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They did it! They finally did it! Well… half of them, at least.
Over 50% of millennials now own a house, according to US data, meaning the most talked-about, most irritable, and possibly (if you ask them) the most shafted generation in modern American history is finally growing up, at least financially.
The Realty World
The laundry list of life complaints from 25-to-39-year-olds about what their generation has endured is certainly legitimate: a post-9/11 malaise, the financial crash of 2008, the world-shifting times of the COVID-19 pandemic, and now the upside-down land of rapid inflation and climbing interest rates. Today’s larger down-payments and surging mortgage rates have indeed placed a high barrier to entry for first-time homeowners.
But all that obscures a rosier reality that those habitual complainers often gloss over: the historically low-interest rates through much of last decade, and depressed home values in its earliest years, made the 2010s one of the most fortuitous times ever for prospective buyers — allowing many of the millennials just old enough to remember Michael Jordan’s heyday to get into the market before the pandemic caused home values to spike. It’s why the generation is now split between the haves (a house) and the I’ll-never-ever-haves (a house):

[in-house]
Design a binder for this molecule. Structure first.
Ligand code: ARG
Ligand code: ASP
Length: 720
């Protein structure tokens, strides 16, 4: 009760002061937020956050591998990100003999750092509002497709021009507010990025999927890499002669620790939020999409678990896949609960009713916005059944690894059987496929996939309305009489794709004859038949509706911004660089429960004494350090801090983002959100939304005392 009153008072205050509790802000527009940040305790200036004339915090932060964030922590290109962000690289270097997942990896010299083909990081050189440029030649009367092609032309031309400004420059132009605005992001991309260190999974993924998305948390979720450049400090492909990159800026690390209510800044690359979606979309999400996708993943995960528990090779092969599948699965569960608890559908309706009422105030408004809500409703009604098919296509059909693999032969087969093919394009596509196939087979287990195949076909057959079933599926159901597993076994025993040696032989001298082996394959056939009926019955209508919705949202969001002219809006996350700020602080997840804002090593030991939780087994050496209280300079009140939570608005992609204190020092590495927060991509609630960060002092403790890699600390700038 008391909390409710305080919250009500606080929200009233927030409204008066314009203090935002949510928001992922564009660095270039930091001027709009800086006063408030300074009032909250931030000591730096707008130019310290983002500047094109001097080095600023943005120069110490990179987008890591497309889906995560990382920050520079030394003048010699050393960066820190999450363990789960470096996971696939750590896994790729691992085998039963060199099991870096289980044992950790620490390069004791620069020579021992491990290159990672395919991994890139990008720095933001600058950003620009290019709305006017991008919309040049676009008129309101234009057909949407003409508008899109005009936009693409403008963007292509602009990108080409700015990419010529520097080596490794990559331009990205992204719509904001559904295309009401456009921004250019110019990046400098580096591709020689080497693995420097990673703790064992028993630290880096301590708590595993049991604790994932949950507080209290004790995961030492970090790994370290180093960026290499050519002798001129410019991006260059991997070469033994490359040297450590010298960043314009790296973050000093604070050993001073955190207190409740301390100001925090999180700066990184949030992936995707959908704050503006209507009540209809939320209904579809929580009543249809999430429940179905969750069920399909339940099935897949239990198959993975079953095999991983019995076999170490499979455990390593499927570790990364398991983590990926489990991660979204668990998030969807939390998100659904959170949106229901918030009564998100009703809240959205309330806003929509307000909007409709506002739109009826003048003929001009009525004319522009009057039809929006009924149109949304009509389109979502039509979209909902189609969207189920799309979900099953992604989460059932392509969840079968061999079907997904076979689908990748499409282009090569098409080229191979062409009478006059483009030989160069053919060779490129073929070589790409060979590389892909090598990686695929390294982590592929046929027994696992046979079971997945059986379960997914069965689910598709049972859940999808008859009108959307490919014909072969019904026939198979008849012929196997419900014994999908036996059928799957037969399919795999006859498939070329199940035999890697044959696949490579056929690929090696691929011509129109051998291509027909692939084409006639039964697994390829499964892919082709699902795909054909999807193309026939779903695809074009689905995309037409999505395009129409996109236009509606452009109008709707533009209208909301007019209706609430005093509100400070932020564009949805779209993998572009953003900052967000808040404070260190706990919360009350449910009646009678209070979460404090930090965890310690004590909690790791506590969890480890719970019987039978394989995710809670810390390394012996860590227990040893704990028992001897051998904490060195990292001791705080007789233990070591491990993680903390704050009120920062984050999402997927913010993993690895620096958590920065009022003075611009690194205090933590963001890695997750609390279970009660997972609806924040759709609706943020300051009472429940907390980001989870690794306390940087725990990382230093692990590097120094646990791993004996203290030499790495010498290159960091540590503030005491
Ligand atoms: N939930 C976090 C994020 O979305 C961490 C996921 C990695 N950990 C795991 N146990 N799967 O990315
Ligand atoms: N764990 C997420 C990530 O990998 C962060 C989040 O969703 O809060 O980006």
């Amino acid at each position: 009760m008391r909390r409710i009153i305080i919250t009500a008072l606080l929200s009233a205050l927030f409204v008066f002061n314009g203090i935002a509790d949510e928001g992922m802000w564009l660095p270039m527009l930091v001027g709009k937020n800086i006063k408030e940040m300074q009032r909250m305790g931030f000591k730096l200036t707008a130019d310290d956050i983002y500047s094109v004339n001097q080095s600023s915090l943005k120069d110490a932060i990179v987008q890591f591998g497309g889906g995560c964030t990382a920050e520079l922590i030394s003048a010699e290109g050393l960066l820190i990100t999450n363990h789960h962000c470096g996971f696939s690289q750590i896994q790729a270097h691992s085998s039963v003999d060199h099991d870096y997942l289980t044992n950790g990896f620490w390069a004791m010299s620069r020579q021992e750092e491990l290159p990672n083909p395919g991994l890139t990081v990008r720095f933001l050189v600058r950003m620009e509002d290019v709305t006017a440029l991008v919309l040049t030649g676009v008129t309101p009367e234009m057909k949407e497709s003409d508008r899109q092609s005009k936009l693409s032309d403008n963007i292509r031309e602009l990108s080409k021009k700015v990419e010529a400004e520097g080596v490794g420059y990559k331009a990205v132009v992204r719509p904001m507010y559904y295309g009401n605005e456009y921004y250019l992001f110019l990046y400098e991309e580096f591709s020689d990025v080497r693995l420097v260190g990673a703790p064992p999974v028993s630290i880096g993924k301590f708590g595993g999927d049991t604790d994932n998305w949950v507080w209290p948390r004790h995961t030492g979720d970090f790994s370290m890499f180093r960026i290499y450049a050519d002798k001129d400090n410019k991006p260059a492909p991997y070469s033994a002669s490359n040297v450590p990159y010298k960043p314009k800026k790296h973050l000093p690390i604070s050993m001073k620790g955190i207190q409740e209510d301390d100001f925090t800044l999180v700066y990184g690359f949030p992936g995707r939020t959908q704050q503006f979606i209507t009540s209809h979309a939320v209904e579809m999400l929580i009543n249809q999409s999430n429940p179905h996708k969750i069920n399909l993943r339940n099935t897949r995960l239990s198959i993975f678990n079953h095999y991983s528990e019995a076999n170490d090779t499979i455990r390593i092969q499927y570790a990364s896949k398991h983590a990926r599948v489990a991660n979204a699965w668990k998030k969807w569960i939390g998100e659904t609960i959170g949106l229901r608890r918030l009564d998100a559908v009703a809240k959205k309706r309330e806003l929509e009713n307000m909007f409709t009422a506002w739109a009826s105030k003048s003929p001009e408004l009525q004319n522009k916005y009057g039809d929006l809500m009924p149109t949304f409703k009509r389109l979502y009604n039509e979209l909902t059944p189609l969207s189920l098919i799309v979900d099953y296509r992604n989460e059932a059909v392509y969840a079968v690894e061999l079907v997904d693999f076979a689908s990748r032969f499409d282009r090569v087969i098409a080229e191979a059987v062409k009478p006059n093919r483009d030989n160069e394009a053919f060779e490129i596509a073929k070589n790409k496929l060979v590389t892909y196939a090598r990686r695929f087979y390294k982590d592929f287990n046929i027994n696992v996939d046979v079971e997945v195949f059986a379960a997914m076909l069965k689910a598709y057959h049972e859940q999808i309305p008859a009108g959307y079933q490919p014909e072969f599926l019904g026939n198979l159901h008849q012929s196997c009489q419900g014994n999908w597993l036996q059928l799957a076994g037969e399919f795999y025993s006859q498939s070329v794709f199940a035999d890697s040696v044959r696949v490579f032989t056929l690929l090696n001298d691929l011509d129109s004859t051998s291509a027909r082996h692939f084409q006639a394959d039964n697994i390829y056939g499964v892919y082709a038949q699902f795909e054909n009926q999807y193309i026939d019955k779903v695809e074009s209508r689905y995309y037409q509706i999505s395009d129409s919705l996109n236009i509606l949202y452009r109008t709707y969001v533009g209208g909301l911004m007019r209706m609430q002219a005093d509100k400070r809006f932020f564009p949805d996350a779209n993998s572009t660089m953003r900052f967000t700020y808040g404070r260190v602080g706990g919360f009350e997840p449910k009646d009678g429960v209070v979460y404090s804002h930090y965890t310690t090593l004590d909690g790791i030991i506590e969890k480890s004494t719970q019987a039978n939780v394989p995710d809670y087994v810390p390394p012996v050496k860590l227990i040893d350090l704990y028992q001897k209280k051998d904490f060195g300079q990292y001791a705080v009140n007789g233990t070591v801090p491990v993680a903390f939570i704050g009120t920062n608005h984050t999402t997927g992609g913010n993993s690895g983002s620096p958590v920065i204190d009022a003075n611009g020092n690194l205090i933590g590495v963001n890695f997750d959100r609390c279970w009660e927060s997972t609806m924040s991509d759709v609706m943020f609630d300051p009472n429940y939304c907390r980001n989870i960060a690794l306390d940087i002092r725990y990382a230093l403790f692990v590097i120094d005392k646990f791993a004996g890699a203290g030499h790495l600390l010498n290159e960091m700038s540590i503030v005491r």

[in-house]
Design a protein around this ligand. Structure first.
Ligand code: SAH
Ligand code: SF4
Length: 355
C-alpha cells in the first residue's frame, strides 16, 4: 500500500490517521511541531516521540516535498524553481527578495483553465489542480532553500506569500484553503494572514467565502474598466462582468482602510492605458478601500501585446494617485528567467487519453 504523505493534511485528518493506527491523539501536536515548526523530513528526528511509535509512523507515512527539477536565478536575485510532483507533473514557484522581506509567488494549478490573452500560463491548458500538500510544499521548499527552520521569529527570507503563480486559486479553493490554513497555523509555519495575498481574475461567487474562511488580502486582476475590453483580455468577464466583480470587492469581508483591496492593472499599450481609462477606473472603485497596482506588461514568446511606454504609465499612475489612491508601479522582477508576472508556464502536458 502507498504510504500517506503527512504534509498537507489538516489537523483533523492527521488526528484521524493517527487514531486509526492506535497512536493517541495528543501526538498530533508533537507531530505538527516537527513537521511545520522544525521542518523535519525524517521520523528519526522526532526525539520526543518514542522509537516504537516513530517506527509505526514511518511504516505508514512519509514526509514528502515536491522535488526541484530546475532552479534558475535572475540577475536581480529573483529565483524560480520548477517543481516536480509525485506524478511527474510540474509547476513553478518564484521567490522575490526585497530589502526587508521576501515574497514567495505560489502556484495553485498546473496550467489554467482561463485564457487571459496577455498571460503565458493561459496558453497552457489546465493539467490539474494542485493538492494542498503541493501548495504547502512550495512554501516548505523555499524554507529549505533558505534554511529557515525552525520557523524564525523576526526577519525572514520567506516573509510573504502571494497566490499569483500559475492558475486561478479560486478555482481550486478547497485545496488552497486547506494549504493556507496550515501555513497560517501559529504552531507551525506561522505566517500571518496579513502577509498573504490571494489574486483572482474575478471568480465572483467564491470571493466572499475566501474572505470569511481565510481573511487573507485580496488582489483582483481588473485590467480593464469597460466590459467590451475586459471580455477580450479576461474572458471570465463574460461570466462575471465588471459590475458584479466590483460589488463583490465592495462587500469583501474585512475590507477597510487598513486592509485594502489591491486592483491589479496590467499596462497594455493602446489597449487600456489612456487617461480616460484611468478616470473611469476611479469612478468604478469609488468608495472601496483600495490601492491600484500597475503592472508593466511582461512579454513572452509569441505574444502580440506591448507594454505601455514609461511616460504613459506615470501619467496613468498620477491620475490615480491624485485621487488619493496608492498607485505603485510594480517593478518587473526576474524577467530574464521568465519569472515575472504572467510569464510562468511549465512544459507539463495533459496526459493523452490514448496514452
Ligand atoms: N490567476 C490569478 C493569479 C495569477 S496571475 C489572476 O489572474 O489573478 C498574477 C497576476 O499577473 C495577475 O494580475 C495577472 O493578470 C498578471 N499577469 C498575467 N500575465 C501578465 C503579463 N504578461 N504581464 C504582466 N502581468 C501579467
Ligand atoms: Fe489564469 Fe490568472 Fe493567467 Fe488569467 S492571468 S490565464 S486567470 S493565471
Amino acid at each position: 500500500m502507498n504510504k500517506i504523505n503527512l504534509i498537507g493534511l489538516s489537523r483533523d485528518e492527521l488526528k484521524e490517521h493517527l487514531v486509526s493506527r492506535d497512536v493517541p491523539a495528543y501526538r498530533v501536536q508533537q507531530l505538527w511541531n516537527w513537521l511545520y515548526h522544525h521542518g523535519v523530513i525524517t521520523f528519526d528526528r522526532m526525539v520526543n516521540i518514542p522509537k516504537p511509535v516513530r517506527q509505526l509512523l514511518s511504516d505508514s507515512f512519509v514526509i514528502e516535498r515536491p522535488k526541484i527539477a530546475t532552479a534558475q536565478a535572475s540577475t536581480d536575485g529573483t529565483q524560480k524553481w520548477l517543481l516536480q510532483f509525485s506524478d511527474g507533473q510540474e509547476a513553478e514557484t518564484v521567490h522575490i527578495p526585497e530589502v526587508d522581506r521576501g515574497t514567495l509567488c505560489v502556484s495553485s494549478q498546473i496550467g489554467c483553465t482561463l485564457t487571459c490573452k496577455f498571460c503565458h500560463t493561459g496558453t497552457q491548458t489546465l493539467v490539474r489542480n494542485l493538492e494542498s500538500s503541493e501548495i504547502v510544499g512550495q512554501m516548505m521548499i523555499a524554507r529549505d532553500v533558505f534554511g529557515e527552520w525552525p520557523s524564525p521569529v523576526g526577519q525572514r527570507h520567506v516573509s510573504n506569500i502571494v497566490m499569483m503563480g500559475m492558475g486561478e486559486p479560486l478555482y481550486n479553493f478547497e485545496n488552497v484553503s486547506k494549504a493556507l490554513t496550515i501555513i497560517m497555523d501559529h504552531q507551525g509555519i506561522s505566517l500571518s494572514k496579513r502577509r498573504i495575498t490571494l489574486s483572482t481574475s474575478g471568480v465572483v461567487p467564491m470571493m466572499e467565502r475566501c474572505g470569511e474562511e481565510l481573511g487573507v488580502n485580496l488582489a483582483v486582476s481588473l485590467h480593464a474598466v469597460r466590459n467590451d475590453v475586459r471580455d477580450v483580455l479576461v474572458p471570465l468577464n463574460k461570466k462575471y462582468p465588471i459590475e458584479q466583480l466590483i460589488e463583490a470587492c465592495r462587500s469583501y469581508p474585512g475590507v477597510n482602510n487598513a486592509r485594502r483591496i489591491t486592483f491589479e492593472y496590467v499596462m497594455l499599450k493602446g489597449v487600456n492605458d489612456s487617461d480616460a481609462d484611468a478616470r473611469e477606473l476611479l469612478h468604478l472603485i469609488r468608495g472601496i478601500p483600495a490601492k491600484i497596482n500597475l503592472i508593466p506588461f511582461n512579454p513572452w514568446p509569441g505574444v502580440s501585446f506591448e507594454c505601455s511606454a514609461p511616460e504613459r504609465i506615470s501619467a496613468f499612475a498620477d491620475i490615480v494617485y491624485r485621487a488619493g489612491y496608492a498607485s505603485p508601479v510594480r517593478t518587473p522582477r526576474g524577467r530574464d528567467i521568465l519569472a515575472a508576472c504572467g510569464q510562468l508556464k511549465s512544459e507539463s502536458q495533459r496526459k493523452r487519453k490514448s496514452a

- 51.5% of millennials now own a home, according to US Census data from last year. Around 42% of the generation owned a home by age 30, compared with 48% of Gen Xers and over half of Baby Boomers at that age.
- On the other hand, an increasing number of millennials say they’re locked out for life. Roughly 25% of millennial respondents to a 2022 survey from real estate site Apartment List said they plan on renting forever, up from around just 14% in 2019.
Location, Location, Location: It’s not exactly surprising knowing where millennials are having the most home-owning success. After all, not every space on the Monopoly board costs as much as Boardwalk or Park Place. According to Bloomberg, 63% of the cohort in Grand Rapids, Michigan own a home, while just 27% do in Los Angeles. The only question now is if coastal types can afford the cross-country U-Haul rental…